The professor deals with the issues covered in the piece more competently than I am able, but here is a preview. The upcoming decision in McDonald v. Chicago is likely to explicitly find the Second Amendment to the U.S. Constitution applicable to the states. And that means Heller will be applicable to the states. Professor Barnett wants, should that happen, that it happen via the Fourteenth Amendment's Privileges or Immunities Clause, not the Due Process Clause, which, the professor seems to believe, does not have a substantive aspect. We last saw the Privileges orImmunities Clause of the Fourteenth Amendment just before the Slaughter-House cases, which did to it what On Deadly Ground (you should thank me for not linking to it) did to Steven Segal's movie career: it continued to exist but without effect. The Privileges or Immunities Clause reads:

"No state shall make or enforce any law which shall abridge the privileges or immunities of citizens of the United States."

Professor Barnett finds the clause's historical marginalization unwarranted, given the plain import of its language. And for reasons of jurisprudential hygiene wants it to be the vehicle by which the Second Amendment is made applicable to the states. However, some of the questions and comments made by the Justices at oral argument on Tuesday suggest to the professor that the Court may pull the well-used lever of the Due Process Clause instead. We'll soon know.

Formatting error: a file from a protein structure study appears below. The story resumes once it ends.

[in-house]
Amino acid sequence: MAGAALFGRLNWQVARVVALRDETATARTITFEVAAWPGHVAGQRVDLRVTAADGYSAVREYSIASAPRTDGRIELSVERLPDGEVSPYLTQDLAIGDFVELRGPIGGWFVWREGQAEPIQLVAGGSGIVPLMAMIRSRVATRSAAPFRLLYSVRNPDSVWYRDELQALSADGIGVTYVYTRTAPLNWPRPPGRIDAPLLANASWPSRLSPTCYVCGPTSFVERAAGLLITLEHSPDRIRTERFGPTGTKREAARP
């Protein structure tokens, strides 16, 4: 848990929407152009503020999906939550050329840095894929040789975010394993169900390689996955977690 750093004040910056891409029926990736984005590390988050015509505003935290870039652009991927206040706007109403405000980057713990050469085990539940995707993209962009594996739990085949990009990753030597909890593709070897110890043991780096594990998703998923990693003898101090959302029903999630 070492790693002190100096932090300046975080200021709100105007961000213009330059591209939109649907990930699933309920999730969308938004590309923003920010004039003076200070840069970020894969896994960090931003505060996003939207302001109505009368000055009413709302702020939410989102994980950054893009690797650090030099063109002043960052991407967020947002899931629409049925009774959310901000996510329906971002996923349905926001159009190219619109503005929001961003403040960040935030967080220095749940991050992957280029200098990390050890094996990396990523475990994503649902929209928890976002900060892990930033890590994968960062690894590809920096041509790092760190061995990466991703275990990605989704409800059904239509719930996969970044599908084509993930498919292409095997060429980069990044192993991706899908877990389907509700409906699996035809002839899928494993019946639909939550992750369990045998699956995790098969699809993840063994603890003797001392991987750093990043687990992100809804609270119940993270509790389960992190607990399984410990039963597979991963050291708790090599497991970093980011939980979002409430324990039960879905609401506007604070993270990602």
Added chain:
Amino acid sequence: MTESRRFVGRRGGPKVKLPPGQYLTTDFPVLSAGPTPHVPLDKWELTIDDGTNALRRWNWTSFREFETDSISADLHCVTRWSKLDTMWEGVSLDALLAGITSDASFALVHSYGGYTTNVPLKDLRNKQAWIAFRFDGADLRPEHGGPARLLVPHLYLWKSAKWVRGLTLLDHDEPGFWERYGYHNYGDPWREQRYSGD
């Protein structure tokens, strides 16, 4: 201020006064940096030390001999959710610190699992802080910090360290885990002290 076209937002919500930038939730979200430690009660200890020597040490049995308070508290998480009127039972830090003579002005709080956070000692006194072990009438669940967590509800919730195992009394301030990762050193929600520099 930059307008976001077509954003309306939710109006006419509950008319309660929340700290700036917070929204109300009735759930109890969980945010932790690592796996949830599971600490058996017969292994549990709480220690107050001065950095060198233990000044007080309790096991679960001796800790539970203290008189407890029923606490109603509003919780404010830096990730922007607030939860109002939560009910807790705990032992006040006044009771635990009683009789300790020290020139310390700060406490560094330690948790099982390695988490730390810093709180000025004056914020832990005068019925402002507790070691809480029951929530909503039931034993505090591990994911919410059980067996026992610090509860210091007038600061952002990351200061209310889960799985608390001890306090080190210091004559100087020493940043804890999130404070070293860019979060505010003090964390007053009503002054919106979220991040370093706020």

Wednesday, March 3, 2010

An Afternoon in the Law

Today I attended the 2010 John Marshall Harlan '20 Lecture in Constitutional Adjudication at the Woodrow Wilson School for Public and International Affairs on Princeton University's inspiring campus. The speaker was the Chief Justice of the Supreme Court of New Jersey, the Honorable Stuart Rabner. Chief Justice Rabner, like Justice Harlan before him, graduated from Princeton.